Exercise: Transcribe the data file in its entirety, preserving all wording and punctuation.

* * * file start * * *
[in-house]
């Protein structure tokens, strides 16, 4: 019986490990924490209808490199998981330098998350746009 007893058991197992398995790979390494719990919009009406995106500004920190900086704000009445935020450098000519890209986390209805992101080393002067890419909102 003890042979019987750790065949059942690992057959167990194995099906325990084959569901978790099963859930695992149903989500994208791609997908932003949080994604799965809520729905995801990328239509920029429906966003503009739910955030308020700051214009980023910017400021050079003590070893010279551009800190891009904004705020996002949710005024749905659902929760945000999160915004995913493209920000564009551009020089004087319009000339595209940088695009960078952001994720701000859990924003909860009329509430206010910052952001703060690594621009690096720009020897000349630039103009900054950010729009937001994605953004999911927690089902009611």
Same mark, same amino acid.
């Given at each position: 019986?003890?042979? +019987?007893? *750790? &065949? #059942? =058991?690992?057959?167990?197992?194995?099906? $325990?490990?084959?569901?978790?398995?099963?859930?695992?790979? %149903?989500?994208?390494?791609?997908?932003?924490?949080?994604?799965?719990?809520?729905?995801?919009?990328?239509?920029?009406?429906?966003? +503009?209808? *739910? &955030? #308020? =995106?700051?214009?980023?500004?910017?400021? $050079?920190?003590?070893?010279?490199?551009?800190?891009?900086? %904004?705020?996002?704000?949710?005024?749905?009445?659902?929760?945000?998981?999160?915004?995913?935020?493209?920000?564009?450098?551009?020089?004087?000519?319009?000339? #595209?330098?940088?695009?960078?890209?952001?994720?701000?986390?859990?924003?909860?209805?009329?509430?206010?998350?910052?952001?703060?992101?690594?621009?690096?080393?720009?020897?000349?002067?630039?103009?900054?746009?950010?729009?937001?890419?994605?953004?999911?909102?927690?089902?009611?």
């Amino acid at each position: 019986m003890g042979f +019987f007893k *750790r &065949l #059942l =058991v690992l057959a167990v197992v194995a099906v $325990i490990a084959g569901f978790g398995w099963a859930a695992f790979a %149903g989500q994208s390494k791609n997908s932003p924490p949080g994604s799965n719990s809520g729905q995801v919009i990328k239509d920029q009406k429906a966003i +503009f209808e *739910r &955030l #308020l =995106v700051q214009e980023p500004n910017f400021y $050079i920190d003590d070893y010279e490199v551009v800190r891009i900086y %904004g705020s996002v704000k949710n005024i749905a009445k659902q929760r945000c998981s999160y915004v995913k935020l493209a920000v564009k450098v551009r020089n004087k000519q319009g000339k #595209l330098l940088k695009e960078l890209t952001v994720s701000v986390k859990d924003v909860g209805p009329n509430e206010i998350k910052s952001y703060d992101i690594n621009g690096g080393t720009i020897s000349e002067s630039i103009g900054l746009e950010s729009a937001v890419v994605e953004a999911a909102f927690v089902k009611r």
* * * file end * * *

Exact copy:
[in-house]
């Protein structure tokens, strides 16, 4: 019986490990924490209808490199998981330098998350746009 007893058991197992398995790979390494719990919009009406995106500004920190900086704000009445935020450098000519890209986390209805992101080393002067890419909102 003890042979019987750790065949059942690992057959167990194995099906325990084959569901978790099963859930695992149903989500994208791609997908932003949080994604799965809520729905995801990328239509920029429906966003503009739910955030308020700051214009980023910017400021050079003590070893010279551009800190891009904004705020996002949710005024749905659902929760945000999160915004995913493209920000564009551009020089004087319009000339595209940088695009960078952001994720701000859990924003909860009329509430206010910052952001703060690594621009690096720009020897000349630039103009900054950010729009937001994605953004999911927690089902009611």
Same mark, same amino acid.
């Given at each position: 019986?003890?042979? +019987?007893? *750790? &065949? #059942? =058991?690992?057959?167990?197992?194995?099906? $325990?490990?084959?569901?978790?398995?099963?859930?695992?790979? %149903?989500?994208?390494?791609?997908?932003?924490?949080?994604?799965?719990?809520?729905?995801?919009?990328?239509?920029?009406?429906?966003? +503009?209808? *739910? &955030? #308020? =995106?700051?214009?980023?500004?910017?400021? $050079?920190?003590?070893?010279?490199?551009?800190?891009?900086? %904004?705020?996002?704000?949710?005024?749905?009445?659902?929760?945000?998981?999160?915004?995913?935020?493209?920000?564009?450098?551009?020089?004087?000519?319009?000339? #595209?330098?940088?695009?960078?890209?952001?994720?701000?986390?859990?924003?909860?209805?009329?509430?206010?998350?910052?952001?703060?992101?690594?621009?690096?080393?720009?020897?000349?002067?630039?103009?900054?746009?950010?729009?937001?890419?994605?953004?999911?909102?927690?089902?009611?």
């Amino acid at each position: 019986m003890g042979f +019987f007893k *750790r &065949l #059942l =058991v690992l057959a167990v197992v194995a099906v $325990i490990a084959g569901f978790g398995w099963a859930a695992f790979a %149903g989500q994208s390494k791609n997908s932003p924490p949080g994604s799965n719990s809520g729905q995801v919009i990328k239509d920029q009406k429906a966003i +503009f209808e *739910r &955030l #308020l =995106v700051q214009e980023p500004n910017f400021y $050079i920190d003590d070893y010279e490199v551009v800190r891009i900086y %904004g705020s996002v704000k949710n005024i749905a009445k659902q929760r945000c998981s999160y915004v995913k935020l493209a920000v564009k450098v551009r020089n004087k000519q319009g000339k #595209l330098l940088k695009e960078l890209t952001v994720s701000v986390k859990d924003v909860g209805p009329n509430e206010i998350k910052s952001y703060d992101i690594n621009g690096g080393t720009i020897s000349e002067s630039i103009g900054l746009e950010s729009a937001v890419v994605e953004a999911a909102f927690v089902k009611r």